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Building the Future Of Waterfowl Together

Building the Future Of Waterfowl Together

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Building the Future Of Waterfowl Together

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  1. Building the Future Of Waterfowl Together

  2. What Is It? • The Michigan Waterfowl Legacy (MWL) is a cooperative partnership to restore, conserve, and celebrate Michigan’s waterfowl, wetlands, and waterfowl hunting community • MWL is a “Call to Action” to: • Honor Yesterday • Engage Today • Build for Tomorrow • MWL is for waterfowlers, other hunters, and the general public

  3. Steering Committee • Citizens Waterfowl Advisory Committee • Ducks Unlimited • Michigan Association of Conservation Districts • Michigan Audubon Society • Michigan Department of Agriculture and Rural Development • Michigan Department of Environmental Quality • Michigan Department of Natural Resources • Michigan Duck Hunters Association • Michigan NAWMP Steering Committee • Michigan United Conservation Clubs • The Conservation Fund • The Nature Conservancy • Pheasants Forever • U.S. Fish and Wildlife Service • Waterfowl USA

  4. What Is It? • Three Focus Areas: • Improve Waterfowl Populations and Wetland Habitat • Understand and increase Waterfowl Hunting Heritage • Engage the public, hunters and non-hunters, to take positive action • Public participation in actions to improve habitat and increase waterfowl numbers • Policy changes to build a stronger legacy

  5. Improve Waterfowl Populations and Wetland Habitat Focus Area 1 • Goal 1: Manage abundant and resilient waterfowl populations to support Michigan’s waterfowl hunting heritage and other uses. • Goal 2: Create and manage wetlands and related habitats to sufficiently sustain waterfowl populations at desired levels, while providing ecological services and places to recreate that benefit society.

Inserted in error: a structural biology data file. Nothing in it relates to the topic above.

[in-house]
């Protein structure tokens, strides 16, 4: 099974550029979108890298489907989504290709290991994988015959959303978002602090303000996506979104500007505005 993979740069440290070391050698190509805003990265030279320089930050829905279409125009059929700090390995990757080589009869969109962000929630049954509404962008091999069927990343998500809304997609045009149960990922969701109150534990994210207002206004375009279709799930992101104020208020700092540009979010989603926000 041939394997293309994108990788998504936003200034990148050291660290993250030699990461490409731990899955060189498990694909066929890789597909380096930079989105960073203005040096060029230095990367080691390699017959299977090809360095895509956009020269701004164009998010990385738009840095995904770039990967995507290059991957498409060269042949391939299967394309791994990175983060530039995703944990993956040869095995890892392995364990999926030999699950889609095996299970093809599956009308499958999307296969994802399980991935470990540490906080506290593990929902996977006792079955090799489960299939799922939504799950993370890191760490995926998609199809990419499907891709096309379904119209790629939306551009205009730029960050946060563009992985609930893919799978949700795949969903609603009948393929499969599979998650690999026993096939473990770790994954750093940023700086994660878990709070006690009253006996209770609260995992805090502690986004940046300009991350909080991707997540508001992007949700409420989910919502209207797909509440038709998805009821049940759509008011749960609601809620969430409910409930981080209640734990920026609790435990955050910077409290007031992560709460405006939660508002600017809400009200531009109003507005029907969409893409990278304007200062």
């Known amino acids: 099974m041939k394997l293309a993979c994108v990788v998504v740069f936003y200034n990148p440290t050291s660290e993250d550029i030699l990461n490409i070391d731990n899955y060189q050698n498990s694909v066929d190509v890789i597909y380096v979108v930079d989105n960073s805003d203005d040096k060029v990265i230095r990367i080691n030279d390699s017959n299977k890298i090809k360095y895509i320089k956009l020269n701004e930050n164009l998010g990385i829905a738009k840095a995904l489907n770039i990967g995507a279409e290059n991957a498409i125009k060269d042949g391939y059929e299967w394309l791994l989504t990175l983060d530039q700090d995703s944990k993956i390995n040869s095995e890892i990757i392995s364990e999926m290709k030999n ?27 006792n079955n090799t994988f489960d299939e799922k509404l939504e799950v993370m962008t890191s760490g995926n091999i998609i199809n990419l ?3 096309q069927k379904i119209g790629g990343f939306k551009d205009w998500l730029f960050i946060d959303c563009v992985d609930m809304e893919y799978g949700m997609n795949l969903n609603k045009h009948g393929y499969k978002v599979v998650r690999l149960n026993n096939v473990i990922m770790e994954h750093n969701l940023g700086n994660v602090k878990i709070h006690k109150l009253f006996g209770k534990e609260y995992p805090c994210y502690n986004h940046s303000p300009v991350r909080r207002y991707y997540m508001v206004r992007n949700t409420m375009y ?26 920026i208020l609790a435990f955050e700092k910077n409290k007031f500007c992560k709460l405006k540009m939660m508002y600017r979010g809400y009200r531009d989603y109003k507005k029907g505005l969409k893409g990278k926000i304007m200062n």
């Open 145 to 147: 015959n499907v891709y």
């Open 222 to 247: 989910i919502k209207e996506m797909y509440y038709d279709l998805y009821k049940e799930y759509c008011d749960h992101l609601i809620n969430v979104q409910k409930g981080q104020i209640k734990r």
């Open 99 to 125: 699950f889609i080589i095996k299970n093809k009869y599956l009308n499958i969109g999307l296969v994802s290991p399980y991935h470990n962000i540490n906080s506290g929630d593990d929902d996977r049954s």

6. Understand and Increase Waterfowl Hunting Heritage Focus Area 2 • Goal 1: Increase the number of waterfowl hunters in Michigan • Retain existing hunters • Reconnect with former hunters who have stopped waterfowling • Recruit new waterfowl hunters • Goal 2: Promote the conservation value waterfowl hunting adds to protecting and maintaining wildlife and habitat enjoyed by a broad range recreational users

  7. Engage the Public in Michigan’s Waterfowl Legacy Focus Area 3 • Goal 1: Develop and implement a marketing plan that addresses and highlights the importance of wetlands, waterfowl, waterfowl hunting, and conservation partnerships, and promotes a “call to action” • Goal 2: Establish stable long-term funding source(s) to adequately conserve and manage Michigan’s wetlands and waterfowl populations

  8. Regional Emphasis • Michigan has been divided into five regions so specific programs can be designed individually: • Upper Peninsula • Northern Lower Peninsula • Saginaw Bay Watershed • Lake Erie and Lake St. Clair Watersheds • Southwest Michigan • Anchor Points are areas within regions that have been identified as priority wetland and waterfowl areas

  9. 2012-2013 is the Year of the Duck! • September 8, 2012 to August 2013 • Follows annual life-cycle of waterfowl • Kick off events in September 2012 • Saginaw Bay region implementation • Celebrating Spring Migration • Events • Educational packets with lesson plans • Articles, press releases • MWL will continue over the next ten years

  10. Year of the Duck Coincides With: • 75th anniversaries of: • Ducks Unlimited • Michigan United Conservation Clubs • Pittman-Robertson Act • 65th anniversary of: • Pointe Mouillee Waterfowl Festival • 60th anniversary of: • Mississippi Flyway Council • 40th anniversary of: • Clean Water Act • 25th anniversaries of: • North American Waterfowl Management Plan • Joint Ventures • USFWS Partners for Fish and Wildlife Program

  11. Honoring Yesterday Populations and Habitat • Michigan once had 11 million acres of wetlands, more than 50% gone today • Michigan provides breeding, migration, and wintering habitat for a diversity of waterfowl • Michigan uniquely has dabbling, diving, and sea ducks; and Canada geese • Canada geese, wood ducks, and trumpeter swans are all management successes